Literacy at home

Literacy  and Math Activities to Try With Your Family

  •         Play with words
  •         Bake a favourite recipe.
  •         Tell a story about growing up.
  •         Tell the story of your birth
  •         Write out a phone message for a member of your family
  •         When you are travelling with your parent or guardian, give the directions
  •         Tell a traditional story about your culture
  •         Put a message on a sticky note and place it on the fridge for your parent or guardian
  •         Look at family photographs and tell stories together
  •         Make up stories when you are travelling together
  •         Make a scrapbook about something that interests you
  •         Play cards
  •         Play board games
  •         Read poetry/write poetry
  •         Make up tongue twisters
  •         Look up words you don’t know in a dictionary or an online dictionary together
  •         Read a news story out loud and have a talk about what you think about it
  •         Learn a song and teach it to your parent or guardian
  •         Write an email together to a friend or family member
  •         Get some refrigerator word magnets and play with them
  •         Write a thank you card together
  •         Watch a TV show together and talk about the main idea
  •         Watch a movie and see whether you can summarize it in just five sentences
  •         Read a book together and then watch a movie version. Talk about the differences between the versions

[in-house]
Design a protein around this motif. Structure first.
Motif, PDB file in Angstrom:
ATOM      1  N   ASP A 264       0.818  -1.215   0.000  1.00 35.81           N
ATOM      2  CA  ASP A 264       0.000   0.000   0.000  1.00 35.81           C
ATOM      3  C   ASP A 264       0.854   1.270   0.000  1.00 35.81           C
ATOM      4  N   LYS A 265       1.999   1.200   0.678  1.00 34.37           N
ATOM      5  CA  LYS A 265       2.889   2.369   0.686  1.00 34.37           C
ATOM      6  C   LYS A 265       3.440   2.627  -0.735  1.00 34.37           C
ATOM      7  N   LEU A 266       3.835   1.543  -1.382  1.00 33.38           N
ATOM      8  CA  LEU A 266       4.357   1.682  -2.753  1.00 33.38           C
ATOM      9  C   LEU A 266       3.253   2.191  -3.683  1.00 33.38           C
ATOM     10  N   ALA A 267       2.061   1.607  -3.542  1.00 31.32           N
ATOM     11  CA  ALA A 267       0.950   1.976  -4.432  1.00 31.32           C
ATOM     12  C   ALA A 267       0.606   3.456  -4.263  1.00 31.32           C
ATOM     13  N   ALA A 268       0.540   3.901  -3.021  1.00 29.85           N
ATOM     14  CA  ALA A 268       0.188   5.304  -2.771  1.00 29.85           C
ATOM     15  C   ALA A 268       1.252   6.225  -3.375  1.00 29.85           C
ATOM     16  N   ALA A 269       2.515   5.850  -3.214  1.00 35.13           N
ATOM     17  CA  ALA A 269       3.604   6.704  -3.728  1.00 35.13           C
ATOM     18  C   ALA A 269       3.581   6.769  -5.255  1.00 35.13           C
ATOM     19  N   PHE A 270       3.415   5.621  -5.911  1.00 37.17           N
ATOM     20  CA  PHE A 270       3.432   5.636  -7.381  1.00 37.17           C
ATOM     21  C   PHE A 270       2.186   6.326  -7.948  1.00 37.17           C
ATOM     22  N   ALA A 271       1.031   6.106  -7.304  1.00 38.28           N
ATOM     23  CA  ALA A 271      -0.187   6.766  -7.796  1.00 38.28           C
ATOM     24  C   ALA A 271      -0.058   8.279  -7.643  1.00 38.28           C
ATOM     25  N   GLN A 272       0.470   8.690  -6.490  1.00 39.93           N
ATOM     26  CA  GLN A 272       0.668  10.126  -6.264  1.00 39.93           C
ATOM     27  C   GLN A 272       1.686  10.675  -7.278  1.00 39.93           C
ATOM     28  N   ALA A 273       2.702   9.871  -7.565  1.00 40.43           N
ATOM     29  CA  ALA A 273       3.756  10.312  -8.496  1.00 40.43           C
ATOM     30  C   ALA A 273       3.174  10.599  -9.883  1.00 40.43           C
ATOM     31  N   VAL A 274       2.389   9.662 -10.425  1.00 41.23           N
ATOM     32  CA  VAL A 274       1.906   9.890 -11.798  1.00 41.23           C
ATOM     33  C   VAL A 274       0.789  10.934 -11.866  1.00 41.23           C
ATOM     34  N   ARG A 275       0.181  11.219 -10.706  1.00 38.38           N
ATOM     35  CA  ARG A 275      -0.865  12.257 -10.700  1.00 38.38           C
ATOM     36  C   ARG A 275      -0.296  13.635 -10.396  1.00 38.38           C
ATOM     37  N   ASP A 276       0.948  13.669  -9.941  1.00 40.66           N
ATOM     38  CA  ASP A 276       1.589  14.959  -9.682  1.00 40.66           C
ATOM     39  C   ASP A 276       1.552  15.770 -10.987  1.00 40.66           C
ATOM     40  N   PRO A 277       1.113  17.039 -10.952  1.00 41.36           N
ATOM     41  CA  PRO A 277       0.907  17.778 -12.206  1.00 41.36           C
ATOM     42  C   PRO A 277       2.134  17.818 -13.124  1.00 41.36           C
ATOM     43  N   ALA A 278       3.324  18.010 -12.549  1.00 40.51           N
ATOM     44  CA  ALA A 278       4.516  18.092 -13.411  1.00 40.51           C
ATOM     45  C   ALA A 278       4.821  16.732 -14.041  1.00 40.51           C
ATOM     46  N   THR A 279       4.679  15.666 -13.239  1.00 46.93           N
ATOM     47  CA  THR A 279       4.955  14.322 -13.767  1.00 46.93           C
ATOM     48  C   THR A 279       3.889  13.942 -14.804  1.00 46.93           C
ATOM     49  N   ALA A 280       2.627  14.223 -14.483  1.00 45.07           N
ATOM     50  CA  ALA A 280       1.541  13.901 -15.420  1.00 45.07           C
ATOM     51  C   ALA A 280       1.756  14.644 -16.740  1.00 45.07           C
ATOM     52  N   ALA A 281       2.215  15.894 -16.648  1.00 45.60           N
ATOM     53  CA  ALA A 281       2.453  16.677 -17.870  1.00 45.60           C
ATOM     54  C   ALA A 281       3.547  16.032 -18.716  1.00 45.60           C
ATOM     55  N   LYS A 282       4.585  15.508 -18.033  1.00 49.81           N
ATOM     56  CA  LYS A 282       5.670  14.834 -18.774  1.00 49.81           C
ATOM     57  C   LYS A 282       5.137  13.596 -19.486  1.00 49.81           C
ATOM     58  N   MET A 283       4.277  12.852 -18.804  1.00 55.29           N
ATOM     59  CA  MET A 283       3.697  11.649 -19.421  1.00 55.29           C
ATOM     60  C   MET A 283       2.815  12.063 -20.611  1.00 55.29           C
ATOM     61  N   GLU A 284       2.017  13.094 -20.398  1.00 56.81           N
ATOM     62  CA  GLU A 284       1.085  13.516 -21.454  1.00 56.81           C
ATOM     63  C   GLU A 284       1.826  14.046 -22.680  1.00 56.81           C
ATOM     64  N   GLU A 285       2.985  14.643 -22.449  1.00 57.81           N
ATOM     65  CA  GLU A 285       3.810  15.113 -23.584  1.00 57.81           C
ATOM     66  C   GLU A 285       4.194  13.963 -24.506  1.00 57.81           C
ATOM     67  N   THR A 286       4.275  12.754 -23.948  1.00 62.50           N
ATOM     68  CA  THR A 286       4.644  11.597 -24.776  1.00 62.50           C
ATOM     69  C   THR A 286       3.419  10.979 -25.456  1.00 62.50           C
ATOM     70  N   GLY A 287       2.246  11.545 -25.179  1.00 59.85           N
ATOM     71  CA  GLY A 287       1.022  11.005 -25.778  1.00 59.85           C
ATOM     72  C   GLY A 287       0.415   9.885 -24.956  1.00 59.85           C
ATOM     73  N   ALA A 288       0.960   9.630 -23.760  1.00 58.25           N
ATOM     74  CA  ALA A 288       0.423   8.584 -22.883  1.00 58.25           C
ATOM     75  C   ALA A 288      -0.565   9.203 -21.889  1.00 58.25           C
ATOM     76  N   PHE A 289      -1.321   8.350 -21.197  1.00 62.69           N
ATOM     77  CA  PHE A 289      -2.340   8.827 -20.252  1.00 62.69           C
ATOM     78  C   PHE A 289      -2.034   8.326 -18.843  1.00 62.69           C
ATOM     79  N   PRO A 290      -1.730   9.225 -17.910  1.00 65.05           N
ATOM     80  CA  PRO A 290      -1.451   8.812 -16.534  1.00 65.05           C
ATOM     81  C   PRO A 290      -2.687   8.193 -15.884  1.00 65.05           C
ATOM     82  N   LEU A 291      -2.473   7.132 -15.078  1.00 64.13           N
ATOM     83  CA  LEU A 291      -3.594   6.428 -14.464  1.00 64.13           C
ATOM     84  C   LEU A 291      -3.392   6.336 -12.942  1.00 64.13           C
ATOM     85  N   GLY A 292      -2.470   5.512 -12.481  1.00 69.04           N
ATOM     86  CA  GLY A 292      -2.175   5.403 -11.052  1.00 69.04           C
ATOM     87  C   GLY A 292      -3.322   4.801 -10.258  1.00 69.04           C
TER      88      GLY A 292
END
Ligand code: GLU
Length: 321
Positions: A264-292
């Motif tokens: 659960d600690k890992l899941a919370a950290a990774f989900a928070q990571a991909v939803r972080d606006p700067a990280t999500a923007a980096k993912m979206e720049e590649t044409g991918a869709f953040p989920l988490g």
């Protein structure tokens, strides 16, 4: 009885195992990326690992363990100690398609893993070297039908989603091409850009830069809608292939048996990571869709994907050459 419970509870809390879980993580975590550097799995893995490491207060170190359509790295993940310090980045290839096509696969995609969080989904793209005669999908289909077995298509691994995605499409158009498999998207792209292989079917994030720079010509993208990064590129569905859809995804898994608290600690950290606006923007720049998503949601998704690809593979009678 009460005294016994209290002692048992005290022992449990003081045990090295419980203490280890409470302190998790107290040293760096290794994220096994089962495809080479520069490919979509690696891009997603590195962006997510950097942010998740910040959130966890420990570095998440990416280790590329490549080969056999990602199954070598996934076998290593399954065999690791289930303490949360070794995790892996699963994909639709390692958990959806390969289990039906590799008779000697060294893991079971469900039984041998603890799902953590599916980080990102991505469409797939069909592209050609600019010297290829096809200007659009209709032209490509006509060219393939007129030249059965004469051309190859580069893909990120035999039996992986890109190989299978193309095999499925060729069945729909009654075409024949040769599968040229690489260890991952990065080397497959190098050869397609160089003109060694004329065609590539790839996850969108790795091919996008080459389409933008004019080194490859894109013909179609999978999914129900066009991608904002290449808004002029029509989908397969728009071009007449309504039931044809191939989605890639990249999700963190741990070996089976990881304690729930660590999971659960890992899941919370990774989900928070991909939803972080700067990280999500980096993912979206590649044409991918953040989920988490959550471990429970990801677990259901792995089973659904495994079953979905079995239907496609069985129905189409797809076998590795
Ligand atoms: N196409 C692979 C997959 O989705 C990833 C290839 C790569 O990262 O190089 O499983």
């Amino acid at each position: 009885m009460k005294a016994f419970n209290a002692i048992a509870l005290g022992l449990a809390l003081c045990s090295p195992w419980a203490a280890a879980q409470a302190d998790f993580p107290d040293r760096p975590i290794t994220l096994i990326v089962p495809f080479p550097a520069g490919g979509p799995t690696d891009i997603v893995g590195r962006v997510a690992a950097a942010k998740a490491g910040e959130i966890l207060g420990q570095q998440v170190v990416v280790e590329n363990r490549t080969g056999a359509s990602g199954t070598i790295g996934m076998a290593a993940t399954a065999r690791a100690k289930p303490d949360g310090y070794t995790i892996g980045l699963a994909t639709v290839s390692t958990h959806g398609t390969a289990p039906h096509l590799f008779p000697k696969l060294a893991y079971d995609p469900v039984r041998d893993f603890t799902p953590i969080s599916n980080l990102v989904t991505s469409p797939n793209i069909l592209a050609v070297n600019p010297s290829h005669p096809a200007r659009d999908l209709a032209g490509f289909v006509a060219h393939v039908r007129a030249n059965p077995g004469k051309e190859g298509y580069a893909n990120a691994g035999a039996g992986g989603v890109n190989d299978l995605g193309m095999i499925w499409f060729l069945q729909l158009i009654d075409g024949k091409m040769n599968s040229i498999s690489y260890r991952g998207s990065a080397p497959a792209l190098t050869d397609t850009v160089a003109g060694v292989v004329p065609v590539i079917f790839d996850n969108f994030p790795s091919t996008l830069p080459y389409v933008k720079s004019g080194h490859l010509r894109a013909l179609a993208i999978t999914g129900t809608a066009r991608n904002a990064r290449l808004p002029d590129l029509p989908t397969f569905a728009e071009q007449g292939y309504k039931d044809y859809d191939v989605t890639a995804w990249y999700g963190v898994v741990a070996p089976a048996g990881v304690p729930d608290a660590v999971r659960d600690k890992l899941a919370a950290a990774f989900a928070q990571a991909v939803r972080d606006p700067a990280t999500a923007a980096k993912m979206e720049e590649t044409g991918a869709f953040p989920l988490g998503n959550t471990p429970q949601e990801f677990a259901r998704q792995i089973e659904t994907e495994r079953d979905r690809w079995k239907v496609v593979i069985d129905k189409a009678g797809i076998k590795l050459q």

•         Write out the family shopping list
  •         When you are travelling together, point out street signs, ads and other text that is interesting
  •         Read a computer manual or online instructions together
  •         Put something together that comes with plans
  •         Read something while thinking about the author’s message
  •         Write a letter to yourself to help you think through a problem
  •         “Read between the lines” and see if you can make an inference about the way someone in your family is behaving. (Example: “Based on the fact that you are rushing around the house frantically looking in every drawer, I’m going to infer that you’ve lost your keys again, Dad.”)
  •         Make a connection between an idea in a book and something from your own experience
  •         Go through an old photo album with a family member and take turns telling each other stories. If you don’t know the people in the photos, make up stories that might fit
  •         Give a five minute summary of a movie you recently enjoyed to a friend but remember not to ruin the story by giving away the ending!
  •         Translate a “tweet” or text message into full sentences if your mom or dad have difficulty with the language of texting
  •         Translate a conversation from one language to another for a friend or family member
  •         Make up a new verse to one of your favourite songs

 Math Activities

  •         Play with numbers
  •         Estimate speed/distance/time relationships while traveling with your family. What was the average speed of the last trip you took?
  •         Examine maps with your family. Estimate distances. Find locations.
  •         Make a favourite recipe together
  •         Log and graph sports scores over time. Find trends.
  •         Log and then graph daily temperatures over a one-week period with your family. (Make sure you take the temperature at the same time each day.)